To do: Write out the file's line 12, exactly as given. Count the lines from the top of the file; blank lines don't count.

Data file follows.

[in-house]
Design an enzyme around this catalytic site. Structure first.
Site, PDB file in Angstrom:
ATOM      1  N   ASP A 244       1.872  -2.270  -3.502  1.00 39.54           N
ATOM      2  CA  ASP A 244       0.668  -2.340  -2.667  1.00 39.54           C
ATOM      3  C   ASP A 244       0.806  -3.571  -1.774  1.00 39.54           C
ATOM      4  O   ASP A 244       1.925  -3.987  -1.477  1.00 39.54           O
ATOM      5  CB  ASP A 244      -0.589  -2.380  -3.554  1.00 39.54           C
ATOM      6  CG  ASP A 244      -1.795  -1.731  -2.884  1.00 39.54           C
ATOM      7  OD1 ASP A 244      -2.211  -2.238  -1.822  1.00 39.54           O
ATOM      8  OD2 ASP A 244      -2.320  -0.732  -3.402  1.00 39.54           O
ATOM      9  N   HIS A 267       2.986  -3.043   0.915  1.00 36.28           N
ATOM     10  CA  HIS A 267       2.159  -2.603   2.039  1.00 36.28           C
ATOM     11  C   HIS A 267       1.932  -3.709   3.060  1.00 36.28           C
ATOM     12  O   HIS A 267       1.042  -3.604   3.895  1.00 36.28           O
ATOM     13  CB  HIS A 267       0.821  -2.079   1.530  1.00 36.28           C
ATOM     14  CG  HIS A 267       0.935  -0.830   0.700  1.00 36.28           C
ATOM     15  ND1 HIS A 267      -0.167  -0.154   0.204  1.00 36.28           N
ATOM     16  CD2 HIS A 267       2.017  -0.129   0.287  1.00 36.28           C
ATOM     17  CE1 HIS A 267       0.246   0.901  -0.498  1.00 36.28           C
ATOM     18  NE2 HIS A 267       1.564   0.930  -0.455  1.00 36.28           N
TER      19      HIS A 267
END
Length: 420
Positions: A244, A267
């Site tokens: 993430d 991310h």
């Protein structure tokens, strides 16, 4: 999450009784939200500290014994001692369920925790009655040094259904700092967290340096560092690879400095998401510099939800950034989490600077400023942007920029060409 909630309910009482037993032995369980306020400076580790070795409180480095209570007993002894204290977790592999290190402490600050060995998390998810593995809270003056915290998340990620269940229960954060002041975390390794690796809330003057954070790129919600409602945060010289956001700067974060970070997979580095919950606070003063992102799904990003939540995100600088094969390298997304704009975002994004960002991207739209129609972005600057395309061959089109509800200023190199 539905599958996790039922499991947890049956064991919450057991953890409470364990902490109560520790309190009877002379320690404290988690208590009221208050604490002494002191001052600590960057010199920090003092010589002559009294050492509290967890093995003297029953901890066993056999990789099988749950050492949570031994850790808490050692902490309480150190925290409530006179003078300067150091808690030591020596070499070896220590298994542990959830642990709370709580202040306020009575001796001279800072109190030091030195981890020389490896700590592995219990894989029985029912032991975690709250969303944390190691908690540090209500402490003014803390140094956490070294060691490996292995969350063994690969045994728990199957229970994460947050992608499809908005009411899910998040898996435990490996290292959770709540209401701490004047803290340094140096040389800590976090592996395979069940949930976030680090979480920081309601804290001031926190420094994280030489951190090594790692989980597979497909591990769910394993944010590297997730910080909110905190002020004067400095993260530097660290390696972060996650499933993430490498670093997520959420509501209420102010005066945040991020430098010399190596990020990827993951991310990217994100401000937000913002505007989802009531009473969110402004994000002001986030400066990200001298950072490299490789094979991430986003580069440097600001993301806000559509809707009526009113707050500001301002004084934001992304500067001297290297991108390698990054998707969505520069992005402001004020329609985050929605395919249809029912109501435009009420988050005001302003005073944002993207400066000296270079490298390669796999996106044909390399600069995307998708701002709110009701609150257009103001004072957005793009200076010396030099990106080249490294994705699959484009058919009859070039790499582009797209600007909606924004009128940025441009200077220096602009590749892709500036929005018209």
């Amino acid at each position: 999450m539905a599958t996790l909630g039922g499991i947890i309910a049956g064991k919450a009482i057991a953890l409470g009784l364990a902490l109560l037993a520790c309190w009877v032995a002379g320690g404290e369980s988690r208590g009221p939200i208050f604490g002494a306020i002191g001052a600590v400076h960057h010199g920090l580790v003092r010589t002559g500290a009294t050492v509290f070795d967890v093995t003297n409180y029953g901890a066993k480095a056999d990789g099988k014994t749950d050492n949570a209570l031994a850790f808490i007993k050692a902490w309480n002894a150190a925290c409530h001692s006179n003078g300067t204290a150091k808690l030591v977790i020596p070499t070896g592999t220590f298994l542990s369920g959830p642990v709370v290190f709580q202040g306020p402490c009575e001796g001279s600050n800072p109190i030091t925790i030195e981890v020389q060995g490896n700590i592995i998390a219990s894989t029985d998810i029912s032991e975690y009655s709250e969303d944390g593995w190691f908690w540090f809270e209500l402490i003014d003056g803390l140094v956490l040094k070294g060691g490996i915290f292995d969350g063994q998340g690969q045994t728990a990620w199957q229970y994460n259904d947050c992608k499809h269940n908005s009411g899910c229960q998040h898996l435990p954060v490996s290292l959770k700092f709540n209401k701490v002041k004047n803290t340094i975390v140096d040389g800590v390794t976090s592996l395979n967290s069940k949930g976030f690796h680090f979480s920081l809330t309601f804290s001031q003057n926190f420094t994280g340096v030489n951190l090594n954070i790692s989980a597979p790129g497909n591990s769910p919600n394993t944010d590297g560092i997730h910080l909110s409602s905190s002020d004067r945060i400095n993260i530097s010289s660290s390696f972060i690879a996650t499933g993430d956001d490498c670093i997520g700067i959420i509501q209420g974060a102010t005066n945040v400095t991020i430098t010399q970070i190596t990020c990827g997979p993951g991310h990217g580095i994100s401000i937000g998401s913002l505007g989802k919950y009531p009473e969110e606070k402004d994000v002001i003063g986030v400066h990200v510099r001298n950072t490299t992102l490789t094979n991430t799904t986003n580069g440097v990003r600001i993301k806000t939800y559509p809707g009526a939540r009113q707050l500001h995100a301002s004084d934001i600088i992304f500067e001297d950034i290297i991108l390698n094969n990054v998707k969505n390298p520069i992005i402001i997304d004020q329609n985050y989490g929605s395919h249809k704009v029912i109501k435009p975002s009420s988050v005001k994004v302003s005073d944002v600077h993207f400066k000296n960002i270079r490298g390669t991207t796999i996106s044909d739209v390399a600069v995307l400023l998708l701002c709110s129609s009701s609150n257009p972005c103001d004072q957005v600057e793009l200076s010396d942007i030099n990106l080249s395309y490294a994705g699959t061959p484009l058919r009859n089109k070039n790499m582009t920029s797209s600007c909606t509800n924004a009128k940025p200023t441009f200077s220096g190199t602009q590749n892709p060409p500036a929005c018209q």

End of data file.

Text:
ATOM      9  N   HIS A 267       2.986  -3.043   0.915  1.00 36.28           N